Bongani looked after me and was very good to me. You know how men are if they want you! He would lie to me and say, “At work we must go with our partners to this place”, so everywhere he wanted to go, I would tag along. This was until I found a proper job and he had to go alone. However, every morning he would take me to work, and, in the afternoon, he would fetch me and take me home. During his spare time, Bongani would always be with me, until his death in 2019. We went out for about 10 years, but he finally paid lobola in 1995 and we got married on 15 December 1996.
Bongani was a photographer first — everything else came after. Also, he was not afraid and would say, “You get scared after, but at that moment you are in that thing, and you just want to see how it’s going to unfold, instead of helping.” He photographed 16 June 1976 and in his archive, he kept pictures of scary things. Burning people. A person’s head lying here; their bodies lying there. Tyres on necks. I didn’t want to look at some of his photographs.
Along with Peter Magubane, Alf Kumalo and Sam Nzima, Bongani created the Hector Pieterson Museum. They exhibited their photos in Transnet containers until the council took over. The council never involved them after that, although they did get paid a certain amount of money. However, they were never recognised, and Bongani was not happy about that.
There is a lot of stress carried by photographers. I don’t know about writers, but many photographers are unable to use their material. The government has access to the pictures, but they say, “We can show history through your pictures and not compensate you.” And when you are dead, nobody knows that you contributed so much. It hurts a lot.
Bongani wasn’t okay at all for a very long time. He stayed home from 2008 and couldn’t get a job anywhere. He would cry, “Nobody is helping me: I am trying — I am talking to this one and that one — nobody is listening”. At one stage when Bongani couldn’t find work, he wanted to go and teach deaf kids in Soweto. He was looking for a sponsor to get cameras and someone who could use sign language to open a school. There were a lot of things he wanted to do, but he failed.
Staying home and not working for that long — and you don’t know what you are going to eat tomorrow, or how you are going to support your family — is hard. It was nice that we were close, him and I. Even when I was working and not earning that much money, the little that we were getting, I was getting for us.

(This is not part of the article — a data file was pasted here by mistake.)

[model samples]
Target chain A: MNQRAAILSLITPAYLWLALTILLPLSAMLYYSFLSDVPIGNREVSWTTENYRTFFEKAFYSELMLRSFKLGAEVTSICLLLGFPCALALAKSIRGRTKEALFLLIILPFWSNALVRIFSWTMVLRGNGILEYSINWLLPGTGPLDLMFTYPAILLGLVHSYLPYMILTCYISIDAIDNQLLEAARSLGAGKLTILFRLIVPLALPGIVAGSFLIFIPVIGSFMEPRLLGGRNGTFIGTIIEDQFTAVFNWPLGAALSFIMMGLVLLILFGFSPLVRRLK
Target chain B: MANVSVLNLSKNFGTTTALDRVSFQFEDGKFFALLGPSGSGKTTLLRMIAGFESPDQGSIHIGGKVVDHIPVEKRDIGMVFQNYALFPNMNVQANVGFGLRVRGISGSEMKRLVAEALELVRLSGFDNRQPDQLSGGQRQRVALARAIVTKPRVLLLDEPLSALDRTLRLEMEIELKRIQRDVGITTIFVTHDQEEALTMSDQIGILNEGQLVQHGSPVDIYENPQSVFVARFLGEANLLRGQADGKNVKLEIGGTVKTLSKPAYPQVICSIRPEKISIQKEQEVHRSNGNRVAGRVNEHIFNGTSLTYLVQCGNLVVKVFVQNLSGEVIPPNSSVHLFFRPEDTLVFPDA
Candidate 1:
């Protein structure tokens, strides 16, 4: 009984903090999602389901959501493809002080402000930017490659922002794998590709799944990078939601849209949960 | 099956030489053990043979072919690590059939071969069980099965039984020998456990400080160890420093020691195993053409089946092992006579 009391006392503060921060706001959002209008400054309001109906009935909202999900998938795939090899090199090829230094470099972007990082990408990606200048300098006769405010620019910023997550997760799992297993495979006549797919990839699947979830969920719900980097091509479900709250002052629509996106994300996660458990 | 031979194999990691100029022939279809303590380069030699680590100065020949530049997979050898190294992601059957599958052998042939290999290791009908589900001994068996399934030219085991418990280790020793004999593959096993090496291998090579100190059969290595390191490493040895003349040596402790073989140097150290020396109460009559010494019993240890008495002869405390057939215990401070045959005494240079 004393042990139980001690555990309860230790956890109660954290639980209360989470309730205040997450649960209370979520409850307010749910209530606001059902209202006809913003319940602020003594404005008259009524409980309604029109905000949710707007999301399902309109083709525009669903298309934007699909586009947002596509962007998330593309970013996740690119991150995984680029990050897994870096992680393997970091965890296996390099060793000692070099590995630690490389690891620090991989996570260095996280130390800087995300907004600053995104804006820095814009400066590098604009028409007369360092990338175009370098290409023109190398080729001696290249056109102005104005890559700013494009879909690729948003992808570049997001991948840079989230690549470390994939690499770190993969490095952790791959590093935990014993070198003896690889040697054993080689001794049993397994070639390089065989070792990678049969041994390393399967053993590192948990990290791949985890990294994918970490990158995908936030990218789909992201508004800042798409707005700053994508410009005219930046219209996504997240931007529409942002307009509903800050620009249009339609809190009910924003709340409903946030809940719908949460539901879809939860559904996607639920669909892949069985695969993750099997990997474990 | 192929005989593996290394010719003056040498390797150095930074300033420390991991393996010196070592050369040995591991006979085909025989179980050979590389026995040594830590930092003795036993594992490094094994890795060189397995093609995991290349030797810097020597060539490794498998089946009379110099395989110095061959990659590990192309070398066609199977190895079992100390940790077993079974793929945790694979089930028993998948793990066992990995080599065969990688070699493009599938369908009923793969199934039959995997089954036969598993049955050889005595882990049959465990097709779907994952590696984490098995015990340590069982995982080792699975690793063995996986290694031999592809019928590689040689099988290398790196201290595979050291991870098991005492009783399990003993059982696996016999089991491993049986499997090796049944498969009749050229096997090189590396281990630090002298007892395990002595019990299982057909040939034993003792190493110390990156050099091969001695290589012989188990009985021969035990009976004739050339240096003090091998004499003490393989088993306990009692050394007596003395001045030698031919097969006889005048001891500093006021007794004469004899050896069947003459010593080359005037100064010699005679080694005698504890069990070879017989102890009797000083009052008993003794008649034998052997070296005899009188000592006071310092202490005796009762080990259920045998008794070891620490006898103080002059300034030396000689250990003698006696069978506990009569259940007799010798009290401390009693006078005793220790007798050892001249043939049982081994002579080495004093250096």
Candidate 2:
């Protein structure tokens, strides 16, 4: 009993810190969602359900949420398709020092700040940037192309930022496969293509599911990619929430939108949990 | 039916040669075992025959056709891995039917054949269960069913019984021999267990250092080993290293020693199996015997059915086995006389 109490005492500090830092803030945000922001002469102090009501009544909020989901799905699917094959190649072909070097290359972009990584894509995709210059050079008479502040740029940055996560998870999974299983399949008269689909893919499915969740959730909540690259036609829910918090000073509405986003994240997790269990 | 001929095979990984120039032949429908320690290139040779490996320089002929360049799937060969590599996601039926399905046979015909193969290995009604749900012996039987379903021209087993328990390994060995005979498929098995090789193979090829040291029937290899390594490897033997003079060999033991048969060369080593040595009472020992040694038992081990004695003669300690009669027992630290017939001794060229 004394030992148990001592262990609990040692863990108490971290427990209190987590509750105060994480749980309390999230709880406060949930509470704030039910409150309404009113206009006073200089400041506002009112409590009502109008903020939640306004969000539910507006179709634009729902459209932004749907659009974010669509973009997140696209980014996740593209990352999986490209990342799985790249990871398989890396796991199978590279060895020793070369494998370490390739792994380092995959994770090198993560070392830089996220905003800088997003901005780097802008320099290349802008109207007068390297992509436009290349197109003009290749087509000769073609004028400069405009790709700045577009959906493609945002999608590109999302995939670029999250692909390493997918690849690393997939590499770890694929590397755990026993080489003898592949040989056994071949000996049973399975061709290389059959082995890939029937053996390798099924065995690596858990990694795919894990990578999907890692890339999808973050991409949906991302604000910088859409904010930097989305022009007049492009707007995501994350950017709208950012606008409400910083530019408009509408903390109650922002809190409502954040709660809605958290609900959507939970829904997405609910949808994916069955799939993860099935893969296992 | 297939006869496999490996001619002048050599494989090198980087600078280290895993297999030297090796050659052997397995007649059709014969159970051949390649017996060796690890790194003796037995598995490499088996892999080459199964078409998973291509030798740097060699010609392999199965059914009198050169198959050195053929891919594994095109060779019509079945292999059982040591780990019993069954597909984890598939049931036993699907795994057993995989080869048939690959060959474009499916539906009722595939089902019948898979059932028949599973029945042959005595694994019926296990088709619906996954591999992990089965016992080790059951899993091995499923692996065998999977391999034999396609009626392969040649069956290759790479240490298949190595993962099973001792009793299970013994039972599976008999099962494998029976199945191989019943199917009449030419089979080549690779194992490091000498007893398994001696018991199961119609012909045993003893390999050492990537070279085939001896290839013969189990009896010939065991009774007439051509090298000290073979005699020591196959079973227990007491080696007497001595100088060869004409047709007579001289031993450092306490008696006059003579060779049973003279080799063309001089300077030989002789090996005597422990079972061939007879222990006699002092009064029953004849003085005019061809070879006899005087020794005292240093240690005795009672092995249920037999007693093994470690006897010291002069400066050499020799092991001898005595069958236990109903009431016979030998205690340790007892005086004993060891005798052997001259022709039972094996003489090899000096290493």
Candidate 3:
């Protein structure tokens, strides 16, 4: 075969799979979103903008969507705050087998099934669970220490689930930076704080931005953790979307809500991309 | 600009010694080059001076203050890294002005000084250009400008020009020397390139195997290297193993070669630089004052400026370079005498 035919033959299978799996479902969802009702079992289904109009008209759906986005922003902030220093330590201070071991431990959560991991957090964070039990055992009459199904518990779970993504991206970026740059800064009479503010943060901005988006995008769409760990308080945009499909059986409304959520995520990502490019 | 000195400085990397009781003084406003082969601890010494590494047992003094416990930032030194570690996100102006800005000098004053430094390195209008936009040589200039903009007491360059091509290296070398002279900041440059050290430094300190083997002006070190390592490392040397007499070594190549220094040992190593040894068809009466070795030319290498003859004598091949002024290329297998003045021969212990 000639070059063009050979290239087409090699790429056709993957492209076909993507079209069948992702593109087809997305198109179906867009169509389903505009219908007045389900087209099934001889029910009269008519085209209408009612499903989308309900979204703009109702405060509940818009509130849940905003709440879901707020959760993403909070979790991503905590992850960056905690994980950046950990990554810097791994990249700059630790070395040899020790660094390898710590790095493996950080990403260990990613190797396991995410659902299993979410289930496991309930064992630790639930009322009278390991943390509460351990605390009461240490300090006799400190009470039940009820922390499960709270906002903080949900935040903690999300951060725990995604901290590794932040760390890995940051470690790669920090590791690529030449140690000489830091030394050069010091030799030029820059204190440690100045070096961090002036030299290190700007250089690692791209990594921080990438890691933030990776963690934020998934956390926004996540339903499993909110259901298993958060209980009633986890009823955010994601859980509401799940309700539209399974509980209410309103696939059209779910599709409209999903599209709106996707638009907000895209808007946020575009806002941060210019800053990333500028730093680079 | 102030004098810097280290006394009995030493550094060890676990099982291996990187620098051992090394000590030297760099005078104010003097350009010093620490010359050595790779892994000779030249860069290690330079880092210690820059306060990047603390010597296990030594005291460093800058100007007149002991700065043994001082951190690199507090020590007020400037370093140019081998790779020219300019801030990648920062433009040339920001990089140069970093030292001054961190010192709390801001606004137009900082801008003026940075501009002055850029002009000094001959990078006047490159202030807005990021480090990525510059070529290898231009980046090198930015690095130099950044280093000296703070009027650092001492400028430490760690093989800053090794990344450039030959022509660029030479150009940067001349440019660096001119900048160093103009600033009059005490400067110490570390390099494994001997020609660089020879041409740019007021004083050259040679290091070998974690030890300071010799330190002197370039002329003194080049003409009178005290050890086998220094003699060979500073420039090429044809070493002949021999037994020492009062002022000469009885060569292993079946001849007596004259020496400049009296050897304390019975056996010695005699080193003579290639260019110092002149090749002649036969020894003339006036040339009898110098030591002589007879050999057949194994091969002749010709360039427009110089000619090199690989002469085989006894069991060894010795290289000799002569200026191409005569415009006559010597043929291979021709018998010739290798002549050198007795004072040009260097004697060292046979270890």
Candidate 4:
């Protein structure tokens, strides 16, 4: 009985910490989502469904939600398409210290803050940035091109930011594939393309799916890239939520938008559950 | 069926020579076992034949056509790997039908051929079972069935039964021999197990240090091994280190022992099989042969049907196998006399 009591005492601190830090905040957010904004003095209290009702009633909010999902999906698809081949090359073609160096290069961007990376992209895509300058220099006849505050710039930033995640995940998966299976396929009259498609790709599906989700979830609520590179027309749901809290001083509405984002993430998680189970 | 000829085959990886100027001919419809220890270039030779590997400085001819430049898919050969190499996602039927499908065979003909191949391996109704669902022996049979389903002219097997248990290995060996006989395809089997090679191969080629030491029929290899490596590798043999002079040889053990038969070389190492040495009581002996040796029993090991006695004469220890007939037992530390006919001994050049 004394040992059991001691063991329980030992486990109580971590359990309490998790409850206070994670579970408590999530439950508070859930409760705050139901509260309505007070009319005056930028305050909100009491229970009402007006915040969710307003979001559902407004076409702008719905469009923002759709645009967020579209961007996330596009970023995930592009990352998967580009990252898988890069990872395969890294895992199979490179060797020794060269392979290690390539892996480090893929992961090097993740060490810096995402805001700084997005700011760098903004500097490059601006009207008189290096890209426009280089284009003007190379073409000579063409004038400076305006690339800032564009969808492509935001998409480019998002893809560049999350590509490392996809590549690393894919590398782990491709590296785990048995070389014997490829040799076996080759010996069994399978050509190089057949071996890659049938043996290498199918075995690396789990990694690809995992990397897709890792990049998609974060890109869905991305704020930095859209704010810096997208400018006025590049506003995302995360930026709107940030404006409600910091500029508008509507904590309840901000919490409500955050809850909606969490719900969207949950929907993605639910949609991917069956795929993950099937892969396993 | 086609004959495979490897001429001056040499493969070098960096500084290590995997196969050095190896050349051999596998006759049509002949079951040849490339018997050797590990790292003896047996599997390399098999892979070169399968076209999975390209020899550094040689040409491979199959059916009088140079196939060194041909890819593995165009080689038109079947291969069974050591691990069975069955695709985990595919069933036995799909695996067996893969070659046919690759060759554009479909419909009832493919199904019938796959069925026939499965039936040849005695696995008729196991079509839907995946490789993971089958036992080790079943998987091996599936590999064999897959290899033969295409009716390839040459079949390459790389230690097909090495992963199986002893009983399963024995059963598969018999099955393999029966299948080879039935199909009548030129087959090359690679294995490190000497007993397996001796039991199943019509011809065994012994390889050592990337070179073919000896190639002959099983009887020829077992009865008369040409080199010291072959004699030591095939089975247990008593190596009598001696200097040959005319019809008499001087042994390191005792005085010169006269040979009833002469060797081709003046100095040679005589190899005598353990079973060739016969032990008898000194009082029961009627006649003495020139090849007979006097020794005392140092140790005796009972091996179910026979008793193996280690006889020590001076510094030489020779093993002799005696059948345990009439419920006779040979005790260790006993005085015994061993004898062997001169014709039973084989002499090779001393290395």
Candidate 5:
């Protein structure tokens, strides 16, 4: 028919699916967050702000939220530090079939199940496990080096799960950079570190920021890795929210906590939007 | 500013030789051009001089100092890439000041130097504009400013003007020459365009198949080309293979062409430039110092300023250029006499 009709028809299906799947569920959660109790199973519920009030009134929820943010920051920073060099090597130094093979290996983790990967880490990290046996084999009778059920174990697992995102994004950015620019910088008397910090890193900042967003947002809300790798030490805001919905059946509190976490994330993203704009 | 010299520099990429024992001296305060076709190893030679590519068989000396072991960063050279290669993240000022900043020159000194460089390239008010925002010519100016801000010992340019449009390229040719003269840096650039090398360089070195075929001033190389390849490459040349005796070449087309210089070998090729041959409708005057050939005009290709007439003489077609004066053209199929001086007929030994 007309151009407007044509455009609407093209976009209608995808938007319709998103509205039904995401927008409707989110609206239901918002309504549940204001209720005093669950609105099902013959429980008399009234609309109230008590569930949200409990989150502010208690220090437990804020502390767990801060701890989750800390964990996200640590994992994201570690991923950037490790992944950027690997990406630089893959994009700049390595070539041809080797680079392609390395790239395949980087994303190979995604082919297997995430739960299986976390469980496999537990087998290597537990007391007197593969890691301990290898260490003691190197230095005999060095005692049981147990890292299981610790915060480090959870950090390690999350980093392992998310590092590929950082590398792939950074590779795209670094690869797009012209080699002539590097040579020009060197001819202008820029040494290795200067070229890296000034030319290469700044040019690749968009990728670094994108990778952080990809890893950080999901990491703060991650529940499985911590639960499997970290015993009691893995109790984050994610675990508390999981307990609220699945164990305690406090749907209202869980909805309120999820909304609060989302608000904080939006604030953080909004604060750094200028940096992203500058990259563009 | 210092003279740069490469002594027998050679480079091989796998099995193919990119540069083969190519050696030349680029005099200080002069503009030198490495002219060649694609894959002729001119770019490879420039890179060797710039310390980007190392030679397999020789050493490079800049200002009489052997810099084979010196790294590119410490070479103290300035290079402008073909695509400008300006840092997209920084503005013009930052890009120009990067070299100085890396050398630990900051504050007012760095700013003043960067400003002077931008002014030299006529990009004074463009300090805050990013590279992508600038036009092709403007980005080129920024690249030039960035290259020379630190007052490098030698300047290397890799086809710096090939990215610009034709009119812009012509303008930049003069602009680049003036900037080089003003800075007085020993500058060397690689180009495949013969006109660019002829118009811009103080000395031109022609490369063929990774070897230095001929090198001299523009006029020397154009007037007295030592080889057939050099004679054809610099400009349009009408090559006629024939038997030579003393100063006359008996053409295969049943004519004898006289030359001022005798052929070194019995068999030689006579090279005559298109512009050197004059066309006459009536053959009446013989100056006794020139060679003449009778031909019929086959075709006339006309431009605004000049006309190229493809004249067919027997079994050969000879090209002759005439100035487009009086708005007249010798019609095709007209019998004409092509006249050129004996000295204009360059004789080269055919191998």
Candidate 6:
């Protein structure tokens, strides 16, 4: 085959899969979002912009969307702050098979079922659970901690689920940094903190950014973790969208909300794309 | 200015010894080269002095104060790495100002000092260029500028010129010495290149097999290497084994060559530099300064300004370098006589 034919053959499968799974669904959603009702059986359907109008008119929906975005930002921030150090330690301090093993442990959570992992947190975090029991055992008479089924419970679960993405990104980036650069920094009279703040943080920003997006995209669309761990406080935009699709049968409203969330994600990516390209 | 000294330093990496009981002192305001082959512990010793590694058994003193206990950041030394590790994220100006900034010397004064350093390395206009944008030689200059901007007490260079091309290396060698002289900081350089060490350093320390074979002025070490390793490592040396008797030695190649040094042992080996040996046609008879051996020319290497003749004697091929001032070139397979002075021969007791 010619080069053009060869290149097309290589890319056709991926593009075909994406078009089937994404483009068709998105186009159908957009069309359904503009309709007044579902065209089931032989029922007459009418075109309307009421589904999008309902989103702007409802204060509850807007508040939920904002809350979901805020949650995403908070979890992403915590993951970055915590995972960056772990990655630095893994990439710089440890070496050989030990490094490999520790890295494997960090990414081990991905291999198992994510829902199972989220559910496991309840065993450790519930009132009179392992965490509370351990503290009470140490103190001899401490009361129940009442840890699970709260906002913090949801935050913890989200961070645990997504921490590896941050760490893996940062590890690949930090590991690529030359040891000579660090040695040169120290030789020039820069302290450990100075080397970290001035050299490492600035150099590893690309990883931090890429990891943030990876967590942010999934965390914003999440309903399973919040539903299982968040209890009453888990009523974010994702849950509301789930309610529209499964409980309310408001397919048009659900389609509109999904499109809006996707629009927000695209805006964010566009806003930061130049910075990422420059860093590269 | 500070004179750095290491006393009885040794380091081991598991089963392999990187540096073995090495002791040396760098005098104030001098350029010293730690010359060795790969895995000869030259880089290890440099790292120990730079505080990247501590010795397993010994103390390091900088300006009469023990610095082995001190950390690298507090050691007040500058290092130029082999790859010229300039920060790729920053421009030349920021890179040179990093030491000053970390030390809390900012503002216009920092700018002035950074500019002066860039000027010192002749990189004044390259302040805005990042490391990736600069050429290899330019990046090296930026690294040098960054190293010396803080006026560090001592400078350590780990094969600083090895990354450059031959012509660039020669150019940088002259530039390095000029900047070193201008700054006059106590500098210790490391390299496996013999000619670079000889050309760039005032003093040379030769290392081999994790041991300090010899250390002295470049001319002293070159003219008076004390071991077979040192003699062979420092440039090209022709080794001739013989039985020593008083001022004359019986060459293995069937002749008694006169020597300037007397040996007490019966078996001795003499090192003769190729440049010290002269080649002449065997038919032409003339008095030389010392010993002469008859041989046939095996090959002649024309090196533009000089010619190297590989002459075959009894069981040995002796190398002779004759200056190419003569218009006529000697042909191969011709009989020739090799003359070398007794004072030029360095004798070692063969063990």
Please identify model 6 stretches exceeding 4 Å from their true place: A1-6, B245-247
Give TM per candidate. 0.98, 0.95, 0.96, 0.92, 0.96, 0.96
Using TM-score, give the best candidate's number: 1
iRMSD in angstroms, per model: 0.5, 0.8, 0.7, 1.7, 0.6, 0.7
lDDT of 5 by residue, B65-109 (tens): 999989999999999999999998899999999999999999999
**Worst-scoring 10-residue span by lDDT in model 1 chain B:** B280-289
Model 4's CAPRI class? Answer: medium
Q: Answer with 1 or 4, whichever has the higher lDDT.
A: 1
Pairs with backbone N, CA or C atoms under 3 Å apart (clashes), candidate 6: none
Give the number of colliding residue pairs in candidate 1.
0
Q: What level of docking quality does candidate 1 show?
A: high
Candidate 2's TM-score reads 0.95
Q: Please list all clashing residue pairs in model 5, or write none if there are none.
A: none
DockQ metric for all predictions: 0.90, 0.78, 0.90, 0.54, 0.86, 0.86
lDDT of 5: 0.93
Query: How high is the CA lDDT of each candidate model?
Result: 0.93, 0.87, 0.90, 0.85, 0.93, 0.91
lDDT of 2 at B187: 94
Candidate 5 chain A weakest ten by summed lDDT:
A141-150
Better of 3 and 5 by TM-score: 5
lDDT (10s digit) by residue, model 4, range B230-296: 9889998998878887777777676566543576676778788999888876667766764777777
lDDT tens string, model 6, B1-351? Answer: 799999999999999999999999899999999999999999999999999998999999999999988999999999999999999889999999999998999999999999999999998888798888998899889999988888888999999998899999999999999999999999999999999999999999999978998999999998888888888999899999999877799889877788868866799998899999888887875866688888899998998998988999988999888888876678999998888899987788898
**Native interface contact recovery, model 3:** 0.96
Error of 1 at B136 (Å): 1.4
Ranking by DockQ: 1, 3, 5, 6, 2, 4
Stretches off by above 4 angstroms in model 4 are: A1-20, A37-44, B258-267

In 2012 Bongani was admitted to hospital. He was still working for the Sowetan then, not full time, but on contract. He called me one night from the office. “I don’t feel okay; I have a problem — my chest — I don’t feel okay.” He came back home that night and he slept.
The next morning, he wasn’t feeling well, and I took him to the hospital. The doctor immediately admitted him into intensive care, because when they checked, he had a blood clot in one of the veins to the heart. They had to dissolve that. He stayed there for about 15 days and discovered that he had diabetes and high blood pressure, for which he was put on treatment for cholesterol.
You know, sometimes people prophesy their own thing. He put a palm leaf on my door in the bedroom, like a cross, and kept it there for quite a long time — more than five years. One time, he even told me that he would die in my hands. He died on Palm Sunday, and we buried him over the Easter weekend. I was the one who was pumping his heart before he died. I was looking at him when he passed away, with my daughter. I am glad I was there. I’m glad I could say goodbye to him.
This account by Lucia Mnguni, in remembrance of her husband, photographer Bongani Mnguni, appears in Black Photo Libraries, a book by the Market Photo Workshop. For more on the book, visit here